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2015 Conference Schedule

Download the Draft Schedule – as of 10/27/2015 (PDF)


Schedule at a Glance

Tuesday, November 3
IPEDS Workshop (Tuesday, November 3)9:00AM-5:00PM


Wednesday, November 4
Registration7:30 AM-5:00 PM
Professional Development Opportunity
(Morning Sessions)
8:30 AM-12:00 PM
Professional Development Opportunity
(Afternoon Sessions)
1:00 PM-4:30 PM
Welcome Reception5:00 PM – 7:00PM


Thursday, November 5
Registration (Continued)7:30 AM-12:00 PM
Exhibitor Fair7:30 AM-5:00 PM
First Plenary Session and Keynote Address8:30 AM-9:45 PM
Concurrent Sessions10:15 PM-12:00 PM
Lunch and MidAIR Business Meeting12:00 PM-1:30 PM
Concurrent Sessions Continued1:45 PM-4:30 PM


Friday, November 6
Exhibitor Fair7:30 AM-12:00 PM
Second Plenary Session8:30 AM-9:45 AM
Concurrent Sessions Continued10:15 AM-11:00 AM



Thursday, November 5, 2015


Networking & Logistics

6:30 – 9:00 AMBreakfast (Terrace Grille/Hotel Lobby)
7:30 AM –12:00 PMRegistration (Ballroom/Lobby)


First Plenary Session

First Plenary Session
8:35 – 9:45 AM



Paul Klute, MidAIR

Keynote Address: XX

Christine Keller, Vice President of Research & Policy Analysis, Association of Public and Land-gran Universities (APLU)



Refreshment Break
9:45 – 10:15 AM


Refreshments served

Concurrent Session 1

Session 1AACTionable Data: Prospect Sources for Enrollment Management
10:15 – 11:00AM

Kansas A

Matt Simpson, Ozarks Technical Community College


Over the past several years, Ozarks Technical Community College has used data from ACT to create prospect lists of potential students. This presentation will cover the use of those lists, results and an overview of alternative external data sources.



Session 1bDealing with Large Volumes of Requests
10:15 – 11:00AM

Kansas B

Keith Lyles, Columbia College
This session is focused on demonstrating how to leverage technology and different techniques to successfully respond to increasing demands for data from both internal and external sources. The presenter is one of three Reporting Analysts that provides information for all of Columbia College. The college has a main campus, nationwide campuses, and a significant online presence with approximately 16,000 students. Ticketing systems, communication, and division of labor are to be discussed..


10:15 – 11:00AM

Kansas C

David Collum & Timothy Delicath, Missouri Baptist University
This presentation will focus on the creation of the ultimate course syllabus for open pathways accreditation. The creation of the ultimate syllabus will emphasize goal alignment from institutional goals to division goals to program goals to course goals, rigor assurance, and the credit hour calculator.


Concurrent Session 2

Session 2aWhat Are We Getting for the Money: Studying the Effectiveness of State Grants and Scholarships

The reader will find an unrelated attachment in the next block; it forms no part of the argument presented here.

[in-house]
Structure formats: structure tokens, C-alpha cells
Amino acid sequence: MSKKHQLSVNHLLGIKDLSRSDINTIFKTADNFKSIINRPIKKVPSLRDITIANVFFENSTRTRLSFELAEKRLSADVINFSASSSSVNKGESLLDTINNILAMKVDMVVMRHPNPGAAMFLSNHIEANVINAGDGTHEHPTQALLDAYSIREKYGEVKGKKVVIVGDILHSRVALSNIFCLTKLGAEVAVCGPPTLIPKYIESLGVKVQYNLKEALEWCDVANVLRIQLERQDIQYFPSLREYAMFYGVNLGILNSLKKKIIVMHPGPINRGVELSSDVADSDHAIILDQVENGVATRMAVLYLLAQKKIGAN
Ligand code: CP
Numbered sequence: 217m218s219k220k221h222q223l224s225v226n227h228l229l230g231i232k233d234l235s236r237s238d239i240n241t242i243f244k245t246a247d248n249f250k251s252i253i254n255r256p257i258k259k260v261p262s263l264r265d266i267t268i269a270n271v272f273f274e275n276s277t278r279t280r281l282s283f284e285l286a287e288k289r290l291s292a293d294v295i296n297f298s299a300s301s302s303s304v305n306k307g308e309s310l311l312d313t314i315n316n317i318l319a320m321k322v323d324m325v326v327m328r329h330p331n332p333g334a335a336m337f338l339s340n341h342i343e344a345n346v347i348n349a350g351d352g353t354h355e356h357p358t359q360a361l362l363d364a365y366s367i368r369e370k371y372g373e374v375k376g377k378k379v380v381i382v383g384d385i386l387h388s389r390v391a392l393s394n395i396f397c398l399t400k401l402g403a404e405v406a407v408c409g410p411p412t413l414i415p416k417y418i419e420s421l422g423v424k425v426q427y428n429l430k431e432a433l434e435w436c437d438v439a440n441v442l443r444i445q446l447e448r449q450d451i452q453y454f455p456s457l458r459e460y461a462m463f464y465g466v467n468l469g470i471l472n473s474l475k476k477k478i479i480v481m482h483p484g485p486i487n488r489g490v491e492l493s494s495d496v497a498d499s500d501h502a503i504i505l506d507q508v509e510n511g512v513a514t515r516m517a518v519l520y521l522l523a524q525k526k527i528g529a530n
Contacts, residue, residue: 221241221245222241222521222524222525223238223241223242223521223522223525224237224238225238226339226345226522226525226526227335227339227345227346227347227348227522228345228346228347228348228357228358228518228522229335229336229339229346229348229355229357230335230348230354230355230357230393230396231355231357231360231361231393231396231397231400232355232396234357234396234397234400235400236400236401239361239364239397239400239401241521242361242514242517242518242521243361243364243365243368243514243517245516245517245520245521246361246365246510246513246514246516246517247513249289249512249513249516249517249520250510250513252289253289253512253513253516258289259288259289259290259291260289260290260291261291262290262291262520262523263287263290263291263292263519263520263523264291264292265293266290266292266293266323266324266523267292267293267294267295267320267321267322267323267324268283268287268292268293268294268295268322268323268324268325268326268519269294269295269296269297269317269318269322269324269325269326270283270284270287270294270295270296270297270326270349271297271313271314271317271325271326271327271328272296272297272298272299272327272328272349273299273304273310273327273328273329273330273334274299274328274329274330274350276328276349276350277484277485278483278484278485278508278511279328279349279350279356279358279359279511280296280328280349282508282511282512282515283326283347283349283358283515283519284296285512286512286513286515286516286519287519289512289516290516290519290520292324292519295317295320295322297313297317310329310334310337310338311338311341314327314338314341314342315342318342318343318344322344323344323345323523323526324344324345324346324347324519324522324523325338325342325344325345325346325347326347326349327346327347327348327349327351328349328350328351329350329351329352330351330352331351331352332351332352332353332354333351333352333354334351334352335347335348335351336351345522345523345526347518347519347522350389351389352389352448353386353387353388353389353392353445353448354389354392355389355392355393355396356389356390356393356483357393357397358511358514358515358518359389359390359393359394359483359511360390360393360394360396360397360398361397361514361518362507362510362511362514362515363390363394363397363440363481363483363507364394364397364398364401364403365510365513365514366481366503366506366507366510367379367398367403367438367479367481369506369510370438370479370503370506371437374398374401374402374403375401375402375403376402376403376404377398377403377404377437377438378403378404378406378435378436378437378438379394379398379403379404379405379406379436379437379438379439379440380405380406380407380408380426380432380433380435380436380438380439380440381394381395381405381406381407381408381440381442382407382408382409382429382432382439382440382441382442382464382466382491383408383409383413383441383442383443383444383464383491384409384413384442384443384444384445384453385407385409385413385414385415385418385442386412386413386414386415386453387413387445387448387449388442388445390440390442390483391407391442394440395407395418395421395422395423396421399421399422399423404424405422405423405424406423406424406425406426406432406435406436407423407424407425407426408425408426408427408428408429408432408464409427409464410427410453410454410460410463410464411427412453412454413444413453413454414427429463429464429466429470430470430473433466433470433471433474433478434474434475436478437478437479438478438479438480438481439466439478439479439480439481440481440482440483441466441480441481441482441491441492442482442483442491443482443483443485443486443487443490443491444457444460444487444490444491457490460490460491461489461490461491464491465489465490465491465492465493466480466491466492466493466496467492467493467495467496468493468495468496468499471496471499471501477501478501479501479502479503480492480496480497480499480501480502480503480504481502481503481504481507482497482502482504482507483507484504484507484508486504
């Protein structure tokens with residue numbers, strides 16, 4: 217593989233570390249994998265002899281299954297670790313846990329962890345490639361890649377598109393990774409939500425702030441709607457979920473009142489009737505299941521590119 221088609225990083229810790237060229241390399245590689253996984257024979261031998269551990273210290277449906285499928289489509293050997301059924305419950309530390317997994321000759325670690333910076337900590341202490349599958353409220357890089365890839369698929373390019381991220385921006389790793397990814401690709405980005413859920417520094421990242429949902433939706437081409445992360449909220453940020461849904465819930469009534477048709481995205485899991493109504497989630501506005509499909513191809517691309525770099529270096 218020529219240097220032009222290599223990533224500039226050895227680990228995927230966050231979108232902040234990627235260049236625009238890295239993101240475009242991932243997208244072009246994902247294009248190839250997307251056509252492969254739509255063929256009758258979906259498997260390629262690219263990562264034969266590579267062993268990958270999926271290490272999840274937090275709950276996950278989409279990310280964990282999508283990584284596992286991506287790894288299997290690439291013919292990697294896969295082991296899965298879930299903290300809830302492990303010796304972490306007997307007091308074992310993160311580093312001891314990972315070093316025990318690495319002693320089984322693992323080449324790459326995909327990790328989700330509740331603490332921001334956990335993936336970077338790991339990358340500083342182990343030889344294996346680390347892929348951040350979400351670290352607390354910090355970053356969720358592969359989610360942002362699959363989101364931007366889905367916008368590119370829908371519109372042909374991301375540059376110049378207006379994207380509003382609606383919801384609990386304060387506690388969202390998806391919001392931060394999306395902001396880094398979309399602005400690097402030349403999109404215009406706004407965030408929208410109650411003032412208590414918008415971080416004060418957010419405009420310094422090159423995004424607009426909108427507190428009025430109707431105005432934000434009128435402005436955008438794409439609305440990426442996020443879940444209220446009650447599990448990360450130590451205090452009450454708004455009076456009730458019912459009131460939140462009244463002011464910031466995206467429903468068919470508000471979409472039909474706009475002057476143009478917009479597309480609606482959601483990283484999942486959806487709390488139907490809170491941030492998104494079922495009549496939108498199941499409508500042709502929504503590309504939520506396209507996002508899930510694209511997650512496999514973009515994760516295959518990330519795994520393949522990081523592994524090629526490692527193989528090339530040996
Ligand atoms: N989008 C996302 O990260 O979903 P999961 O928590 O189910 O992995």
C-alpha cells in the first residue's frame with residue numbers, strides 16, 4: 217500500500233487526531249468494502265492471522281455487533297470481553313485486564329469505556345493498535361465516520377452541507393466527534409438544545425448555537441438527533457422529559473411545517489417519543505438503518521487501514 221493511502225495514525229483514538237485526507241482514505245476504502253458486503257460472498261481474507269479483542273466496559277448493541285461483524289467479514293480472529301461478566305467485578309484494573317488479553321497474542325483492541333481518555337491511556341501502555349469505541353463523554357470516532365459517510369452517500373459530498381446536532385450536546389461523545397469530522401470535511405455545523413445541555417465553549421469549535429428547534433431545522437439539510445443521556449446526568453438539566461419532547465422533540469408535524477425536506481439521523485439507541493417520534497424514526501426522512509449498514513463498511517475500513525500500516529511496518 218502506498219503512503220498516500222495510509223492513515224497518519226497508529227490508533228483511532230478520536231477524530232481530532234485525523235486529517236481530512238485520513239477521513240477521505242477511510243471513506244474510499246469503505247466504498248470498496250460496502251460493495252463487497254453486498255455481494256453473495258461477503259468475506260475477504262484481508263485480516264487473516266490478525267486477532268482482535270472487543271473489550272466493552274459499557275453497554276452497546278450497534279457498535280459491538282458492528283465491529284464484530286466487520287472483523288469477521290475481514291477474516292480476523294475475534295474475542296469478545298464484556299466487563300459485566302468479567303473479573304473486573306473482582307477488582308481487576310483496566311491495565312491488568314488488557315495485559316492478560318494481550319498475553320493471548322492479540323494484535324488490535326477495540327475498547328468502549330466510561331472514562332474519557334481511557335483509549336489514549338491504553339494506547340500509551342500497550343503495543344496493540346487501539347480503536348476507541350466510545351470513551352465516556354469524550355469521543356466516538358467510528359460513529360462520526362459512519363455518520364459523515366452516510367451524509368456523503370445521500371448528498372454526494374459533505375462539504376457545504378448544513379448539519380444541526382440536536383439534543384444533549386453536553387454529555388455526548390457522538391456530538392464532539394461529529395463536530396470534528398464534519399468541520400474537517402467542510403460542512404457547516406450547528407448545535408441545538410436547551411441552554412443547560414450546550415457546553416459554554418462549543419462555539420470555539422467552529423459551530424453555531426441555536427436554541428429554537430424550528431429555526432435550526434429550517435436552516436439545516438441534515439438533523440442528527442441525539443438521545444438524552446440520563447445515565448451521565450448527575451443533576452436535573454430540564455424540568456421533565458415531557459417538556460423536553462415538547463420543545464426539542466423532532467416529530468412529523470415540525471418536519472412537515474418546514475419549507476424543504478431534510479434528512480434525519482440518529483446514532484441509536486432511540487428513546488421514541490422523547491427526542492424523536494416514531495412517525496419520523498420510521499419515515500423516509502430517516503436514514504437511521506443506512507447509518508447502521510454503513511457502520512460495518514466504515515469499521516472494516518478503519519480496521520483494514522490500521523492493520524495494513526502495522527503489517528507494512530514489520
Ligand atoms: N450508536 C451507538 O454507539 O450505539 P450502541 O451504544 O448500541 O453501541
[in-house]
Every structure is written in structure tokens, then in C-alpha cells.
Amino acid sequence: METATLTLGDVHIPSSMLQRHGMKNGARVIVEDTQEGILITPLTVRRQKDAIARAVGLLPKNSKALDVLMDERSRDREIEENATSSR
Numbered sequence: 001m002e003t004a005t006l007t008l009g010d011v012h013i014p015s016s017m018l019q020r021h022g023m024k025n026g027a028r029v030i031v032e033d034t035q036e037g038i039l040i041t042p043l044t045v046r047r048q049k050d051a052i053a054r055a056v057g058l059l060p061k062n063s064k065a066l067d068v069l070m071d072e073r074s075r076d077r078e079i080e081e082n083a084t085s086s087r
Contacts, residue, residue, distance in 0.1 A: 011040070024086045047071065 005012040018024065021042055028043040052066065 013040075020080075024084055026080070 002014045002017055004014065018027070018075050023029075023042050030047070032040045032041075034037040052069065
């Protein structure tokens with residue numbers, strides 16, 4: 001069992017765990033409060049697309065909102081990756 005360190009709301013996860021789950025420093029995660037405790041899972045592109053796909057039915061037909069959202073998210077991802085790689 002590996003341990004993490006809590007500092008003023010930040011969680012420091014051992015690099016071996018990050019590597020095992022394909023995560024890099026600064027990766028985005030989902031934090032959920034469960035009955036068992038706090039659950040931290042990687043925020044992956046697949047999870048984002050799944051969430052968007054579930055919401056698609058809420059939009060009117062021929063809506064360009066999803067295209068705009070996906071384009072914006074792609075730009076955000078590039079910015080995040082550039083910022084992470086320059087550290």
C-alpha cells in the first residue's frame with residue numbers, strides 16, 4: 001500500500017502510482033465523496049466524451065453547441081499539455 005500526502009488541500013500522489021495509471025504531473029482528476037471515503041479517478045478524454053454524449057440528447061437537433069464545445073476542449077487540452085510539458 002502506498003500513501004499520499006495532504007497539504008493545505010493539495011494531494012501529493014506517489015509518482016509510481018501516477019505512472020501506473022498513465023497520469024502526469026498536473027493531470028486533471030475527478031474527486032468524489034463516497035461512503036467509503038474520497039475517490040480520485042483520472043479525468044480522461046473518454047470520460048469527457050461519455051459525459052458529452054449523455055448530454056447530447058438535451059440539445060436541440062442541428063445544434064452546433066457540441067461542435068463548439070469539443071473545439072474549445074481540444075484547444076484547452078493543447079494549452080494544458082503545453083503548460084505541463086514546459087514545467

11:15AM – 12:00PM

Kansas A

Jeremy Kintzel, Missouri Department of Higher Education
The presentation will detail a study of student outcomes for state grant recipients conducted for the Joint Committee on Education of the Missouri General Assembly. The study leveraged public high school core data, state grant disbursement records, ACT and FAFSA data, postsecondary enrollment and completions data, and National Student Clearinghouse data, and reported persistence and graduation for Access and A+ recipients, transfer for A+, and out-migration for Bright-Flight eligible students.


Session 2bHow Economic Planners Assess the Relevance of Education Programs using CIP, SOC, BLS, & LMI
11:15AM – 12:00PM

Kansas B

Michelle D. Olsen, Missouri State University


The goal of my presentation is to help attendees to understand the many to many relationships that exist between Classification of Instructional Programs (CIP) and Standard Occupational Codes (SOC) and how those relationships can be used to conduct an educational program gap analysis, as well as assessing the strength of talent pools to support business creation and/or expansion.



Session 2CVisualizing Data for Proactive Decisions
11:15AM – 12:00PM

Kansas C

Joe DeHart, Des Moines Area Community College
Des Moines Area Community College has successfully evolved from a reactive mindset to a culture of proactive, data-driven decision making with self-service, interactive reports that are available immediately via the web, iPad® or tablet. By encompassing predictive analytics into the decision making process and empowering staff with access to powerful analytical tools, the college is making better decision about how it can best serve its students. From making connections between registration behavior and graduation success rates to how to measuring placement test effectiveness, learn how DMACC is using SAS® Visual Analytics as the foundation for their success.